Apart from losing the visual component of my posts, a few things happened on the weekend which sort of took the fun out of blogging for me. Firstly while reading my blog roll I was referred to this article (Writing about your daughter’s toilet-training misadventures could net you $40,000 a month and a legion of fans) in the . The article discusses -and questions- the latest trend of parent blogging, throwing it into a very unfavourable light. The article portrays parent blogging as an exploitation of children and a violation of their privacy. The article quoted some famous parenting blogs, and among them Don Mills Diva, which I read regularly. It was claimed that some of these bloggers are cashing in on their writing and thus exploiting their children for profit, while violating their privacy. The reaction to the article was even more shocking. Some readers commented that parents who blog must get a life, and concentrate on parenting rather than writing about it, others accused parent bloggers of being sick to write about mundane stuff such as toilet training, reflux, and colic. Readers even questioned the sanity of people who such stuff. I know I am not in the league of any of these famous parent bloggers, but I found myself getting indignant on their behalf. I do consider myself normal, and I love reading bloggers’ musings. I also think that some of these dissenters must get themselves a small dose of compassion and humor.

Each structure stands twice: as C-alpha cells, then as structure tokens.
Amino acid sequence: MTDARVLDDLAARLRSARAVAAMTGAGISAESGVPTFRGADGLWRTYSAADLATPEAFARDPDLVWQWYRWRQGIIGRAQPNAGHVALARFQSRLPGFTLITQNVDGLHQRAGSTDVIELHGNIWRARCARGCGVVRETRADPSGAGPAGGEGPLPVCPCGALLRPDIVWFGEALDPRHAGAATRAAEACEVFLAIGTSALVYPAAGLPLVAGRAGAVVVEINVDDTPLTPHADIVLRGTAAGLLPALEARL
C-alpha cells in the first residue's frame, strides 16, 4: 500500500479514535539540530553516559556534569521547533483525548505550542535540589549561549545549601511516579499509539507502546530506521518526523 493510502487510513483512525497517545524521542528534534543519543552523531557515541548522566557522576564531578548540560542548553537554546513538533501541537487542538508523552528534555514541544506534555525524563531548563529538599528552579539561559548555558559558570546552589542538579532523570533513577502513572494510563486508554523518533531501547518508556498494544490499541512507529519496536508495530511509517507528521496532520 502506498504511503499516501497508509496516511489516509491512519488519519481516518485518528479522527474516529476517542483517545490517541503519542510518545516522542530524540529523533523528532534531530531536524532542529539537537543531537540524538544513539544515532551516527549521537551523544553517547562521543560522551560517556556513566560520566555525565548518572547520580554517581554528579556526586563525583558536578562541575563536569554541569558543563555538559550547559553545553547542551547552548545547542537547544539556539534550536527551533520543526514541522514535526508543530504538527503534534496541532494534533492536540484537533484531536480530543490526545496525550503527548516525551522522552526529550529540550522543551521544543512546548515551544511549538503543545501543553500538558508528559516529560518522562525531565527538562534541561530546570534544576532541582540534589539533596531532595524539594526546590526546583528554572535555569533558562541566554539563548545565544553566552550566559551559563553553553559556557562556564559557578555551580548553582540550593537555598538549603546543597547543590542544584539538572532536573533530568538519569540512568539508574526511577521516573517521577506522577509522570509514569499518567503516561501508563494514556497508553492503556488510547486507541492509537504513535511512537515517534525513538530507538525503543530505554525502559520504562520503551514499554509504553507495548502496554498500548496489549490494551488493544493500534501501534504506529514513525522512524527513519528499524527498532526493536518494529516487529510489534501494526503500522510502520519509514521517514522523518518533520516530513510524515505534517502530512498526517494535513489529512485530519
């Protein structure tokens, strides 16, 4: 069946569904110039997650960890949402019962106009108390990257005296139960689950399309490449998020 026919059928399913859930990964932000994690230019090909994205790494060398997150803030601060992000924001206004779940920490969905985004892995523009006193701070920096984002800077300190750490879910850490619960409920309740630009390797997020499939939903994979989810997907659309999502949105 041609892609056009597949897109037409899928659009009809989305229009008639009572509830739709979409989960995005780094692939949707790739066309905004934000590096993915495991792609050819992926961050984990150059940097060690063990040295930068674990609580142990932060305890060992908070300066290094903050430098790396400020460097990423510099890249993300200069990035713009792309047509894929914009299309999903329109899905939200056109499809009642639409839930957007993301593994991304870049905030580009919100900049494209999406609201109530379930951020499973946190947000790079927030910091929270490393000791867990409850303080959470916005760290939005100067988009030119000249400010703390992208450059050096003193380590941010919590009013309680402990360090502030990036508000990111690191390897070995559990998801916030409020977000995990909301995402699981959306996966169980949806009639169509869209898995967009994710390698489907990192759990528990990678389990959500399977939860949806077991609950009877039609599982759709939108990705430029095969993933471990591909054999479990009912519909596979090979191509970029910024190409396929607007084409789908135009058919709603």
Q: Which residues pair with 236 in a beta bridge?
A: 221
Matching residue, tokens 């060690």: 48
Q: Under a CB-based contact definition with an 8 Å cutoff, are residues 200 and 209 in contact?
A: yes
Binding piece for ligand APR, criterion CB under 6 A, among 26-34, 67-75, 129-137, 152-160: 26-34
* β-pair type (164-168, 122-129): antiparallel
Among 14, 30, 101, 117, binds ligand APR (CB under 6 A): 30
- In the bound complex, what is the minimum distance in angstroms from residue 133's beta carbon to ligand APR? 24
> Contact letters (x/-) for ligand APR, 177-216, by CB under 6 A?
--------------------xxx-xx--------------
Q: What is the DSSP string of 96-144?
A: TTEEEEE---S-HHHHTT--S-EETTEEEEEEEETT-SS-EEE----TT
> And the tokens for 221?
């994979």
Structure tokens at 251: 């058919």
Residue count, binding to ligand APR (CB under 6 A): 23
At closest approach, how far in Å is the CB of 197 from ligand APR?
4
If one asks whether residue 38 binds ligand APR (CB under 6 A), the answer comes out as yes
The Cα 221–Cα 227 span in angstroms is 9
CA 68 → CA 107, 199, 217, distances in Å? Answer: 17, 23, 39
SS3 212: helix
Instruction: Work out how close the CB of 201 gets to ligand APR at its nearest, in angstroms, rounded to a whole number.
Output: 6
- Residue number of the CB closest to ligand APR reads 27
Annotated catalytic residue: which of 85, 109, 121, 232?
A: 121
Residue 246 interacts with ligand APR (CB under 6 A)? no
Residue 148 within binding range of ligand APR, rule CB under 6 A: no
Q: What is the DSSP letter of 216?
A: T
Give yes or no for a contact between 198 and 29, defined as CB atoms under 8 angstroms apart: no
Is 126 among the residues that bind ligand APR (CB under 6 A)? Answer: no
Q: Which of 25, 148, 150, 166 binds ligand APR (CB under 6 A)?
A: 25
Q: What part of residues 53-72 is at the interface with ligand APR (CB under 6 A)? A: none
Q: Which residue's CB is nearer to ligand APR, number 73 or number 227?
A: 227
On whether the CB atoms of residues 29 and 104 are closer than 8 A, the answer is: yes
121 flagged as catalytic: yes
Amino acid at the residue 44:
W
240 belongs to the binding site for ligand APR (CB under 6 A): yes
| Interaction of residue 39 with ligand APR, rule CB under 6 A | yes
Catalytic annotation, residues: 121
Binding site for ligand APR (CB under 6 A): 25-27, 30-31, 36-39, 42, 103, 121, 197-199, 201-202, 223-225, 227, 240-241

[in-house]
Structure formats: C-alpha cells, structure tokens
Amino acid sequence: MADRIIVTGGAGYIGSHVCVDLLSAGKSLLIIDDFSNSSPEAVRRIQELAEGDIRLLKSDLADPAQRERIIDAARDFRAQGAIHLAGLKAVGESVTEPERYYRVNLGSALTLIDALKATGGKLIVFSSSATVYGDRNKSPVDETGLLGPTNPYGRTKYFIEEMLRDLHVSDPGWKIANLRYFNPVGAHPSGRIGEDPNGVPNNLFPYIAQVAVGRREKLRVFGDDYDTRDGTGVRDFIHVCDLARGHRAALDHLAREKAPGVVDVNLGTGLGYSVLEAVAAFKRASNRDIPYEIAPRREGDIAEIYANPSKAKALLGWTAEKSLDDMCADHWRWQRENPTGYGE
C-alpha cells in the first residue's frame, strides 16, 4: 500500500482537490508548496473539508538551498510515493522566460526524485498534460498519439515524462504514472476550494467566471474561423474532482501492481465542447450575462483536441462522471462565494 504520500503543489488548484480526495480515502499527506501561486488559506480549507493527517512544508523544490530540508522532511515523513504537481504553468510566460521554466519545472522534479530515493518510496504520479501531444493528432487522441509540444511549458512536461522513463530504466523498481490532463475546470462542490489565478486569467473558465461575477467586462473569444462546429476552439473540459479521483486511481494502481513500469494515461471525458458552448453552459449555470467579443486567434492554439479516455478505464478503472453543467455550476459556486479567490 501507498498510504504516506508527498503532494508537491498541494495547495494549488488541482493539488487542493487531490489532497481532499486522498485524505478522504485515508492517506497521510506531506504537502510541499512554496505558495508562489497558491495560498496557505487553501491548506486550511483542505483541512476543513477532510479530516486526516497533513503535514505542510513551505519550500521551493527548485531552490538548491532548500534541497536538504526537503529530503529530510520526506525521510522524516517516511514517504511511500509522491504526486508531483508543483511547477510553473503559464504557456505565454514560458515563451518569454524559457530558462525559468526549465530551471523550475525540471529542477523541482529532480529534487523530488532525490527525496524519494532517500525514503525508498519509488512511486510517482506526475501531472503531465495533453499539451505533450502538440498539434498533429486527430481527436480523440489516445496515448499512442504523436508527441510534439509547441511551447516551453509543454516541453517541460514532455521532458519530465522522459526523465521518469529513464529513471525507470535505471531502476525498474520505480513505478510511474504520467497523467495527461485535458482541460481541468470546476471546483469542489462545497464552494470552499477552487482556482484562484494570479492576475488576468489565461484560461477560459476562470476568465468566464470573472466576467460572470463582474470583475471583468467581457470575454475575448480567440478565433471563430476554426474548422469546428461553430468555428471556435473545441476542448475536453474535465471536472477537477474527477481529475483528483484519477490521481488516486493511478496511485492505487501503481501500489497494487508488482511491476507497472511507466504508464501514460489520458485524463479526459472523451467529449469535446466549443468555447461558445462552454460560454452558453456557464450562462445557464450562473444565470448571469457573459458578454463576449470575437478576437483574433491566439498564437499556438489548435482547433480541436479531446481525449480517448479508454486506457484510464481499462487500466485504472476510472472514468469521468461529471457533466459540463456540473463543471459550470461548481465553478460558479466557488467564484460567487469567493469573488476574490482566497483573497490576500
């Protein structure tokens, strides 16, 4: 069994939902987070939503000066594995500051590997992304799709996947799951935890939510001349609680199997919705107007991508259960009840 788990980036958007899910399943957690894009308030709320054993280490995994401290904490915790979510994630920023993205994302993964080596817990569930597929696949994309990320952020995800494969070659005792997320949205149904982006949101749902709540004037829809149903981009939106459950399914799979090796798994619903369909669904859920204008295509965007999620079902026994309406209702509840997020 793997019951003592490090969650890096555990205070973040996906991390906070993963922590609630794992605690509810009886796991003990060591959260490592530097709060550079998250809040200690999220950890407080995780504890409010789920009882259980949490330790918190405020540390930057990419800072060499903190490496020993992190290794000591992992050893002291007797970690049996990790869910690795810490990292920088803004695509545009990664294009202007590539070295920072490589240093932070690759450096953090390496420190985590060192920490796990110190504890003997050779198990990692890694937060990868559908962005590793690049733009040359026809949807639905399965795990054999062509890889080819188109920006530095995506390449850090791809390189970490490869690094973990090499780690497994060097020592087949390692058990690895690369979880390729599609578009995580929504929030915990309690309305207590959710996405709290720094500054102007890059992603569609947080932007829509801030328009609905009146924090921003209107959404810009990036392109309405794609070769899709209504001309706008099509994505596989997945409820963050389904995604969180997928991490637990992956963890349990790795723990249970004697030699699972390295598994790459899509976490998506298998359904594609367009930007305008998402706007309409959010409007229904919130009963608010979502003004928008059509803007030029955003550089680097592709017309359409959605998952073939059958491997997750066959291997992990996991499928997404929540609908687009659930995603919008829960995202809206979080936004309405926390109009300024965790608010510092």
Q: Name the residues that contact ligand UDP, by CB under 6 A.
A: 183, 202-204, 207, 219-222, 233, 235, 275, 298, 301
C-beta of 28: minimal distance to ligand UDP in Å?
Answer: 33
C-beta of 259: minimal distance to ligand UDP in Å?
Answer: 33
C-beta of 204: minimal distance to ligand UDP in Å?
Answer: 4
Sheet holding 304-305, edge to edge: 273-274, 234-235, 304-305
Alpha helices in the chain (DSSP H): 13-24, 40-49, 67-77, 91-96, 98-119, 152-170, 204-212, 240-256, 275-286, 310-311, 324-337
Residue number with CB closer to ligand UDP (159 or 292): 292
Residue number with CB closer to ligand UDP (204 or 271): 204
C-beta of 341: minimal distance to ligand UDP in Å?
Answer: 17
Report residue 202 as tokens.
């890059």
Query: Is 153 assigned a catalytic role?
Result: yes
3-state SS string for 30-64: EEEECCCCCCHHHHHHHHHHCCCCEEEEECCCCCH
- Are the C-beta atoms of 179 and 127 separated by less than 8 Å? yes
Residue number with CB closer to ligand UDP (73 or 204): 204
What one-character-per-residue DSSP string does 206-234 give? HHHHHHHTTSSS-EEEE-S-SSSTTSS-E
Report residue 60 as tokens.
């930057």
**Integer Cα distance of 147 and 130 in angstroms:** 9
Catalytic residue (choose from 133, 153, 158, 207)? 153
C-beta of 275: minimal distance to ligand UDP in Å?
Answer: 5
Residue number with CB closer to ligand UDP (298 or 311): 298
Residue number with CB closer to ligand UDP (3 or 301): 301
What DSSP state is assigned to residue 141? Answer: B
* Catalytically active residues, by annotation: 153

We write about our small children because we are painfully aware of the vulnerability of our memory against the swift passage of time. My baby is growing and changing every day. As his face and personality develop, there are little bits of him that get lost forever. I want to hold all these little bits and preserve them in little snapshots. When I hold my son today, I hold a robust 9 month-old baby, and my helpless newborn is nowhere in sight. Tomorrow, my little baby will make way for a toddler, who will then turn into a young child. My love for my child will grow and change as he grows, and I want to capture its evolution as well. this is – or was- the purpose of this blog. I don’t understand how anyone will find such an activity reprehensible. That said, I am still disturbed by what I read, and I need to question who this blog is written for. Nine months ago it was for Robert, for me, and for the family. Today it is still for Robert, and for me, and I have to keep that in mind. I am free to write what I want about myself, I can relate incidents that make me look like a fool or like a bad mother. Recently I have been writing things that speak of my anger, resentment and hurt. I have to be careful how my child will interpret this writing one day, because I do not want it to colour his judgment. This is the argument for keeping it bland, sticking to safe subject and understatements, but to me this spells dishonesty and censorship, precisely what a blog shouldn’t be.